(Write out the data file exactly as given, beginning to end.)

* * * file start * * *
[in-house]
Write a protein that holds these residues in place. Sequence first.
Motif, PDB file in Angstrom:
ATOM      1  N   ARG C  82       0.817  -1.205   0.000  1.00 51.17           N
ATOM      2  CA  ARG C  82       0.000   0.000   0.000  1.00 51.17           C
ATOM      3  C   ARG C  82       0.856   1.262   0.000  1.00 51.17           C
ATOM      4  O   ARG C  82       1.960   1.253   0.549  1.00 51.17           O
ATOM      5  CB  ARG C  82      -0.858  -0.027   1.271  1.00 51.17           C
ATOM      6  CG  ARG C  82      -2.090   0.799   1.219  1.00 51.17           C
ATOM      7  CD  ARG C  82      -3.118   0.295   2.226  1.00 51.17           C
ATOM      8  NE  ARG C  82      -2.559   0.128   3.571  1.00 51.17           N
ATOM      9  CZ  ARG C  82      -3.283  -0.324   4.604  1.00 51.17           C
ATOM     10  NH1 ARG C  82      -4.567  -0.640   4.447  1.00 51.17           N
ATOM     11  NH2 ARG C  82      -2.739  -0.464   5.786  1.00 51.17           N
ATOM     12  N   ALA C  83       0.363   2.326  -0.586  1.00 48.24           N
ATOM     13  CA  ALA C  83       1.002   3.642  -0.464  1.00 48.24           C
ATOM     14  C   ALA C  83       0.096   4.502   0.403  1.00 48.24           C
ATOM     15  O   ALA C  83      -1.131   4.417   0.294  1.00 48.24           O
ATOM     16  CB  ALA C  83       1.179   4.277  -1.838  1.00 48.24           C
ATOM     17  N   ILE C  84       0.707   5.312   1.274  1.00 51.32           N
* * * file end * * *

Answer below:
[in-house]
Write a protein that holds these residues in place. Sequence first.
Motif, PDB file in Angstrom:
ATOM      1  N   ARG C  82       0.817  -1.205   0.000  1.00 51.17           N
ATOM      2  CA  ARG C  82       0.000   0.000   0.000  1.00 51.17           C
ATOM      3  C   ARG C  82       0.856   1.262   0.000  1.00 51.17           C
ATOM      4  O   ARG C  82       1.960   1.253   0.549  1.00 51.17           O
ATOM      5  CB  ARG C  82      -0.858  -0.027   1.271  1.00 51.17           C
ATOM      6  CG  ARG C  82      -2.090   0.799   1.219  1.00 51.17           C
ATOM      7  CD  ARG C  82      -3.118   0.295   2.226  1.00 51.17           C
ATOM      8  NE  ARG C  82      -2.559   0.128   3.571  1.00 51.17           N
ATOM      9  CZ  ARG C  82      -3.283  -0.324   4.604  1.00 51.17           C
ATOM     10  NH1 ARG C  82      -4.567  -0.640   4.447  1.00 51.17           N
ATOM     11  NH2 ARG C  82      -2.739  -0.464   5.786  1.00 51.17           N
ATOM     12  N   ALA C  83       0.363   2.326  -0.586  1.00 48.24           N
ATOM     13  CA  ALA C  83       1.002   3.642  -0.464  1.00 48.24           C
ATOM     14  C   ALA C  83       0.096   4.502   0.403  1.00 48.24           C
ATOM     15  O   ALA C  83      -1.131   4.417   0.294  1.00 48.24           O
ATOM     16  CB  ALA C  83       1.179   4.277  -1.838  1.00 48.24           C
ATOM     17  N   ILE C  84       0.707   5.312   1.274  1.00 51.32           N